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The aim of this experiment is it to find out the concentration of Limewater by performing a titration with hydrochloric acid which has concentration exactly 2.00M.

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Introduction

Aim: The aim of this experiment is it to find out the concentration of Limewater by performing a titration with hydrochloric acid which has concentration exactly 2.00M. Equipment: The equipment I will need for this is a burette, 25ml pipette, pipette pump, white tile, clamp stand, boss head, clamp, 250ml limewater, phenolphthalein, 100ml hydrochloric acid, volumetric flask, distilled water, conical flasks and a calculator. Safety: Throughout this experiment normal lab rules will apply with safety gear to be worn at all times e.g. goggles and lab coat, also due to fact we are using hazardous chemicals their hazards must be taken into account. The chemicals that we will use are limewater and hydrochloric acid and the hazards are as follows: Hydrochloric acid - Very corrosive, irritant. Limewater (alkali) - Irritant. The reaction between the hydrochloric acid and limewater will also produce calcium chloride and water both of which have no hazards and are not dangerous at all. Phenolphthalein, which will be used as well, has no dangers to health and will not react with any of the other chemicals to produce anything dangerous. ...read more.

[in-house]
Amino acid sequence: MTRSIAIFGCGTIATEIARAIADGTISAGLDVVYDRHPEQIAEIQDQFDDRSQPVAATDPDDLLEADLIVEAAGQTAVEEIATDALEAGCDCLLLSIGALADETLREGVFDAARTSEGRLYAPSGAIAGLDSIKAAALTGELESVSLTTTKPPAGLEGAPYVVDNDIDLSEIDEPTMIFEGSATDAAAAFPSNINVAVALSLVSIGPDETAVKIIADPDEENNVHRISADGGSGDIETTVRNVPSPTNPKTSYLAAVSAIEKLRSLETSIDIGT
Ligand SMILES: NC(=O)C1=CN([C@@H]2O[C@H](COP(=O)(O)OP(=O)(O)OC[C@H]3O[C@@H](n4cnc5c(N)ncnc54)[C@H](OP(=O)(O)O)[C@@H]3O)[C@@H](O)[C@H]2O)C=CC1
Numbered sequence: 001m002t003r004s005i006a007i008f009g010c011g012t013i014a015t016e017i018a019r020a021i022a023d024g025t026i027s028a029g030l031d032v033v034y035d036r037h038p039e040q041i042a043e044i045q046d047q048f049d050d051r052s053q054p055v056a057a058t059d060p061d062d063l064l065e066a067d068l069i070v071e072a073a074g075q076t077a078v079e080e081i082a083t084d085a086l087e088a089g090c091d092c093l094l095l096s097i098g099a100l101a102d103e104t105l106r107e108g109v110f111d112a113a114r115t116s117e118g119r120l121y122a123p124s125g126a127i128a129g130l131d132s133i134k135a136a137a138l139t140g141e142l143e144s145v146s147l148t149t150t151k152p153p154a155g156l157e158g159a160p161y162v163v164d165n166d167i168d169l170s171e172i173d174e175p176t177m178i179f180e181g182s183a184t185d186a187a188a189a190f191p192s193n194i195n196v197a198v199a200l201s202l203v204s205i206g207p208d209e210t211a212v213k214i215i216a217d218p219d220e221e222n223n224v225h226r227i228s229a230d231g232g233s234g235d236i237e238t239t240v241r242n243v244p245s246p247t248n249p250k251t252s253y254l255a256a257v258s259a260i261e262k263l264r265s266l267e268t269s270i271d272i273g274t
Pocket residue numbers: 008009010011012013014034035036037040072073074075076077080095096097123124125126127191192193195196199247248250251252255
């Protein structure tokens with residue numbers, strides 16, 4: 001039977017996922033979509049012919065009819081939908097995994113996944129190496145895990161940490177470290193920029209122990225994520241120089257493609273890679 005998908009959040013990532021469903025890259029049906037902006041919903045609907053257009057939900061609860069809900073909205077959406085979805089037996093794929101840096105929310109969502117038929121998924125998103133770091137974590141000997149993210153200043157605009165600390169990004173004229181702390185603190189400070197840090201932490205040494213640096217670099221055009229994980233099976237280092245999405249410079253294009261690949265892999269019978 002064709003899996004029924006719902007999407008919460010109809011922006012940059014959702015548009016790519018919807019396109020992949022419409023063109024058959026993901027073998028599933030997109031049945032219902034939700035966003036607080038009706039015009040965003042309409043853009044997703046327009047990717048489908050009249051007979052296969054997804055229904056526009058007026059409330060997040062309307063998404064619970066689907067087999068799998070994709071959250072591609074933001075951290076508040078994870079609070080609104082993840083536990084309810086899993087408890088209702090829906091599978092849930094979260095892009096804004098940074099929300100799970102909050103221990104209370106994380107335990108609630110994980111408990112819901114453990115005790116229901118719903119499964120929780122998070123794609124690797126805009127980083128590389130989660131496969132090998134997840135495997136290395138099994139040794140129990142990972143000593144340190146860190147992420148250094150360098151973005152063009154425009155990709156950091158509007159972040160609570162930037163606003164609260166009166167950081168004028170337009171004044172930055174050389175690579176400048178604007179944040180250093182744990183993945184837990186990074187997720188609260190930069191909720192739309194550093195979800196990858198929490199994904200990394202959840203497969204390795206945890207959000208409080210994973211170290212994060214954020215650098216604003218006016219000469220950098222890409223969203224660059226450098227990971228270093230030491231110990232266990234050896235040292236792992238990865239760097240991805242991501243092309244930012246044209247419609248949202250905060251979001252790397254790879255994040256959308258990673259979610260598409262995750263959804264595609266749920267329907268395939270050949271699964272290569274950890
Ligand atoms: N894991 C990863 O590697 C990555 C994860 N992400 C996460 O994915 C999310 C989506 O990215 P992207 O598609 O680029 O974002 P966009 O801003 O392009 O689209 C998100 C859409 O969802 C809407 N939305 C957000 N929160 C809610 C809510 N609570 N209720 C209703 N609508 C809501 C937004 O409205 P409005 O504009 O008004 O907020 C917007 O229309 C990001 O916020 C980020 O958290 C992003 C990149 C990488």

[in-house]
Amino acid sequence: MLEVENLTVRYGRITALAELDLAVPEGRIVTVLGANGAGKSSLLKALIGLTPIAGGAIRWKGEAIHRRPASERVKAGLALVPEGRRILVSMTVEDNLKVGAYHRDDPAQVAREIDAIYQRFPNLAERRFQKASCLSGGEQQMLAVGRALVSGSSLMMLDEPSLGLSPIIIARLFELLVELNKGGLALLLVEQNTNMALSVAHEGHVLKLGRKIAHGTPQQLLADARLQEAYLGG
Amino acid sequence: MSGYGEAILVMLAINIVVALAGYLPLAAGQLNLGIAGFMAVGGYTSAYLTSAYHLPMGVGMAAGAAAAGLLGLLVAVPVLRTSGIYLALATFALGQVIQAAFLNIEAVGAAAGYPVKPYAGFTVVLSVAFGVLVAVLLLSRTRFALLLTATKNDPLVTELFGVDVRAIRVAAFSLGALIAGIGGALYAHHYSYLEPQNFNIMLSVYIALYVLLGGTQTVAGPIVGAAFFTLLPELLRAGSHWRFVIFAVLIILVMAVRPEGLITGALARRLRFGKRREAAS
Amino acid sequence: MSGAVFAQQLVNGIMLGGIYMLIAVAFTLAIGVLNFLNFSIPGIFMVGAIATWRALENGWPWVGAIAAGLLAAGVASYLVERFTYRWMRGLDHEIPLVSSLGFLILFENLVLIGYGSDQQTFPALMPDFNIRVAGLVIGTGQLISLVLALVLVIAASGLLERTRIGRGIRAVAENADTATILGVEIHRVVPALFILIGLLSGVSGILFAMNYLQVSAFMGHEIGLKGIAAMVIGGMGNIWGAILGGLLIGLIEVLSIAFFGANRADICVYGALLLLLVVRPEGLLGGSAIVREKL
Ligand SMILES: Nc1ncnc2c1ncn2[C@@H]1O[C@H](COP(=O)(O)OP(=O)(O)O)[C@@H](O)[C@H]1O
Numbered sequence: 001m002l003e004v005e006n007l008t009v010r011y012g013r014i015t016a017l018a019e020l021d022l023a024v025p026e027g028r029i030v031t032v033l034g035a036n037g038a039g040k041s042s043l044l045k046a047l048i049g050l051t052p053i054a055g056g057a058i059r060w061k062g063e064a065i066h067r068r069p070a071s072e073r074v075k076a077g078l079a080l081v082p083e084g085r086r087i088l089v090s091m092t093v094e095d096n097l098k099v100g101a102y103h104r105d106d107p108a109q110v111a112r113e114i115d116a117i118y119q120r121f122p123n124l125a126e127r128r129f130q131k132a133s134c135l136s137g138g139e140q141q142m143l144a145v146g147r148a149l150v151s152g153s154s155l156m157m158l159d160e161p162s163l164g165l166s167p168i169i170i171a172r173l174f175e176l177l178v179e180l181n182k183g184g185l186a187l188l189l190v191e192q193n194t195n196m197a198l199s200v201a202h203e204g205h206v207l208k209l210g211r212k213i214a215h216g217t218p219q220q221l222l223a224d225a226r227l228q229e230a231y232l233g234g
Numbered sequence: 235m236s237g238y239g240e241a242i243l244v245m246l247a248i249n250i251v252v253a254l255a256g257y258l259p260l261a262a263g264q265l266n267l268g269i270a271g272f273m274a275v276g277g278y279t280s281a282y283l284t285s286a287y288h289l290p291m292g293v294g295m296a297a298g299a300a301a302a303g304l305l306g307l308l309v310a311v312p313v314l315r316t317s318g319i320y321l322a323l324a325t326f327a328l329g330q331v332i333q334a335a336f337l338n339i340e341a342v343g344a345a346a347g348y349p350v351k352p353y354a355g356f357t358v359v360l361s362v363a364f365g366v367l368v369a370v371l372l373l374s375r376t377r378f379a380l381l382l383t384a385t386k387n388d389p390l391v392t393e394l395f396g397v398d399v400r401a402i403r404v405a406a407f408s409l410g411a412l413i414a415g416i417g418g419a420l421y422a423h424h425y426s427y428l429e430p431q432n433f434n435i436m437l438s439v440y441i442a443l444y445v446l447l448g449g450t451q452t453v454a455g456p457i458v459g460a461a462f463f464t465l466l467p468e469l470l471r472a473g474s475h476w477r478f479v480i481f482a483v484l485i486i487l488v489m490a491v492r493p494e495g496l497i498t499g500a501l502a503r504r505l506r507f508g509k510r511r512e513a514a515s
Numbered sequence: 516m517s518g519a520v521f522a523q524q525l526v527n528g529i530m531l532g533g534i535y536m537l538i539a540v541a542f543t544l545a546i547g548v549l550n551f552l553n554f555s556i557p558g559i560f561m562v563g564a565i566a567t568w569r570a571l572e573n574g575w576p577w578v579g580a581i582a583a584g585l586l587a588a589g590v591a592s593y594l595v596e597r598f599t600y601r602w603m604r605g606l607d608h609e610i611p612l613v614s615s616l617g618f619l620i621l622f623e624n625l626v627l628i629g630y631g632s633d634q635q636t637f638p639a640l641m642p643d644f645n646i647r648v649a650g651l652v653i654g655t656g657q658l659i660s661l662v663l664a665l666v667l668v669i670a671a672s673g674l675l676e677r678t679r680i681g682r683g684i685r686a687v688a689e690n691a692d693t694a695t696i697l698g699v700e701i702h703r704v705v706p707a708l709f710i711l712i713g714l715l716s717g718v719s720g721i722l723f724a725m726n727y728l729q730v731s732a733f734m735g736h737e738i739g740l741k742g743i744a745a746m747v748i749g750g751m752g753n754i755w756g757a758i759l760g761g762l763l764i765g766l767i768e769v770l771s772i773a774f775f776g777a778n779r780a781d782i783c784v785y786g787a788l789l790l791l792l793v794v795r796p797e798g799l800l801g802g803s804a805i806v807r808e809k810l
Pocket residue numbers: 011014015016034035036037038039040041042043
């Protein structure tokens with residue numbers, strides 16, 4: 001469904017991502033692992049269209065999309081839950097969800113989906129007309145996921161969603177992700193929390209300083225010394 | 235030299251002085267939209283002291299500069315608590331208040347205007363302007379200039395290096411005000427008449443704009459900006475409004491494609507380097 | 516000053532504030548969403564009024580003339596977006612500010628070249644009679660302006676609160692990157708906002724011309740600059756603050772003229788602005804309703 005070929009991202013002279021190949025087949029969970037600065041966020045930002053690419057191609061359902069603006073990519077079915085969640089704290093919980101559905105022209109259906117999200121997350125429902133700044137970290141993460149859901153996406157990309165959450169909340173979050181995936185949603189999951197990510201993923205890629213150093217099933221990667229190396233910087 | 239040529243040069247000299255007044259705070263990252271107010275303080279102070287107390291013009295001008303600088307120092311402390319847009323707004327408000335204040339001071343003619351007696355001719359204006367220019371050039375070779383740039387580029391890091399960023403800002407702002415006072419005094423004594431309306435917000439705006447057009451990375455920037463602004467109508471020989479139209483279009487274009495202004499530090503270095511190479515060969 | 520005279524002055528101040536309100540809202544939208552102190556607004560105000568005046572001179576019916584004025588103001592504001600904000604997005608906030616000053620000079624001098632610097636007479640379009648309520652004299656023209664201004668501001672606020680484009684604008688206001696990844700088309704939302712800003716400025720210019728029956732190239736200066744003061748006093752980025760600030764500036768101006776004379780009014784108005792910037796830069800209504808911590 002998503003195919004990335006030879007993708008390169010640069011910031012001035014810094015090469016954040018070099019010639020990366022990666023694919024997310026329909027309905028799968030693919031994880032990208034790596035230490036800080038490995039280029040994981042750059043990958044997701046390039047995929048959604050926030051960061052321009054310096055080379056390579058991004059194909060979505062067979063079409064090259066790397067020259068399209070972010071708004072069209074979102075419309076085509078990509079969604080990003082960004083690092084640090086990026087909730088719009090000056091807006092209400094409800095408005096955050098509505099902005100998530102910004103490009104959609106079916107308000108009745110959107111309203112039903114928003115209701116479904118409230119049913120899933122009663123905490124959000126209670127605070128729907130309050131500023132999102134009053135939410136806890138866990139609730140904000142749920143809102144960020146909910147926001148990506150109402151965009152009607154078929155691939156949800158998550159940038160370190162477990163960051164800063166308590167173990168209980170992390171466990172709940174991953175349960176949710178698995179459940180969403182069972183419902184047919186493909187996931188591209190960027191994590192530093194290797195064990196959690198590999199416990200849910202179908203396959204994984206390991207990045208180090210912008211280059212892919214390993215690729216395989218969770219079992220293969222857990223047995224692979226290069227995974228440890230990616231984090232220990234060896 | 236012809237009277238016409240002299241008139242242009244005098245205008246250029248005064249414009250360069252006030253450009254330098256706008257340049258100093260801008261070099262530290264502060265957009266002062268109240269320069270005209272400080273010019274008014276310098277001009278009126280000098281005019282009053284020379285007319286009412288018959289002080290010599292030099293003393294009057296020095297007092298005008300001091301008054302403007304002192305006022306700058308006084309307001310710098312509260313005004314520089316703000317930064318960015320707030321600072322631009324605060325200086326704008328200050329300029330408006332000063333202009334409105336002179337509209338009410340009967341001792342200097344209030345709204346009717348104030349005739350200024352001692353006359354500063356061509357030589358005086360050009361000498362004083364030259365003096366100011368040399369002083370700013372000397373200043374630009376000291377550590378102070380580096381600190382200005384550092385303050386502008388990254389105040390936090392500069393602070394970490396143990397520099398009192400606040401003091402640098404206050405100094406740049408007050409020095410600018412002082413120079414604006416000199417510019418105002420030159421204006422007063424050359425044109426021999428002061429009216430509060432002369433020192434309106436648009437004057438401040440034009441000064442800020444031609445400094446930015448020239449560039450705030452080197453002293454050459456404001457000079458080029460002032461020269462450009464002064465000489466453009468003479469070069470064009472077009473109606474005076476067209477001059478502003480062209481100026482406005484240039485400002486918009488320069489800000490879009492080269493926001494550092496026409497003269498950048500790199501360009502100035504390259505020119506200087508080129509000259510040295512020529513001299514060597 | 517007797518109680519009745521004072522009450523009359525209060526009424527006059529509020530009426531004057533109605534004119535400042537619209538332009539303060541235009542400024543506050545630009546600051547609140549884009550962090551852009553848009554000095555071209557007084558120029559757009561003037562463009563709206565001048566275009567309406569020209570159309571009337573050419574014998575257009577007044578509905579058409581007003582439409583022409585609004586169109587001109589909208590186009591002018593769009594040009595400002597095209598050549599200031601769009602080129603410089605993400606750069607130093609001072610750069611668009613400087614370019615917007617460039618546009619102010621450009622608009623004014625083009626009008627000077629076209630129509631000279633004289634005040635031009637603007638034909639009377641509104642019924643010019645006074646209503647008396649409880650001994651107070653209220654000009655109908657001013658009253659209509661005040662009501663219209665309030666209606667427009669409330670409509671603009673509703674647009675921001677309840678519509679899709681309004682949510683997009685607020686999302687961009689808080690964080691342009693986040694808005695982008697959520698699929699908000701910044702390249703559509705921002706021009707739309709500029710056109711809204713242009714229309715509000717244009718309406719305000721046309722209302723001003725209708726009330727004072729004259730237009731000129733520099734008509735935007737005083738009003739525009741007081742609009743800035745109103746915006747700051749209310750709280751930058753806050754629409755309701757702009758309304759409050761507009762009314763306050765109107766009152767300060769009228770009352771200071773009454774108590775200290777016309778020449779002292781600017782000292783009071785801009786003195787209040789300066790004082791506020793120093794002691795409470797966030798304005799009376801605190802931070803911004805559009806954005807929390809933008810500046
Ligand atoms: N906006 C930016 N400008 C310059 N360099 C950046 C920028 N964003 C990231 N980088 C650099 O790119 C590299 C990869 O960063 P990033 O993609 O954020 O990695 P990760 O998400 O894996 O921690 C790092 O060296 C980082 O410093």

Middle

However to make sure that this accuracy is maintained all errors must be carefully avoided such as parallax errors occurring when your eye line is not level with the line you are filling equipment up to. However to maintain this accuracy ALL apparatus must be washed with distilled water before and after use as some will be used more then once and any residual chemicals will affect the outcome. To actually dilute the acid you will need the pipette and the pump to collect exactly 25ml taking into account parallax errors where the level of the 25ml line is at the bottom of the meniscus. By placing this in a volumetric flask and topping it up to 250ml with distilled water taking into account the parallax error again, This will have taken the molar down to 0.2M so by repeating this process again the molar will be taken down to 0.02M which is now ready for the titration. By using the pipette again the coll exactly 25ml of Calcium hydroxide in a conical flask with some phenolphthalein placed in it, the colour of the solution will be a purple/pink colour and when the alkali is fully neutralised the solution will become colourless. ...read more.

Conclusion

Each time you make a reading you must be careful to note the starting volume of acid in the burette and the end volume making sure there are no parallax errors. Once you have these results you will need to apply the formula: V1 * C1 = V2 * C2 Where reagent 1 is the hydrochloric acid and reagent 2 is the calcium hydroxide. The 3 results you have from the experiment should be sorted so that any obvious outliers are ignored and the average taken from the rest, ideally the results should all be within 0.2ml of each other. This number represents V1 and the concentration for this is 0.02mol and so by multiplying these numbers together and dividing this by V2. However you must remember that these volumes must be in dm� and hence divide the volumes in ml by 1000. Once you have you're the molar of the calcium hydroxide it will need to be converted in to g/dm and to do this we will need the relative atomic mass as well. Ca(OH)2 has a RAM of 74.1 so my multiplying this by the molar will give us the mass (in grams) per dm. ...read more.

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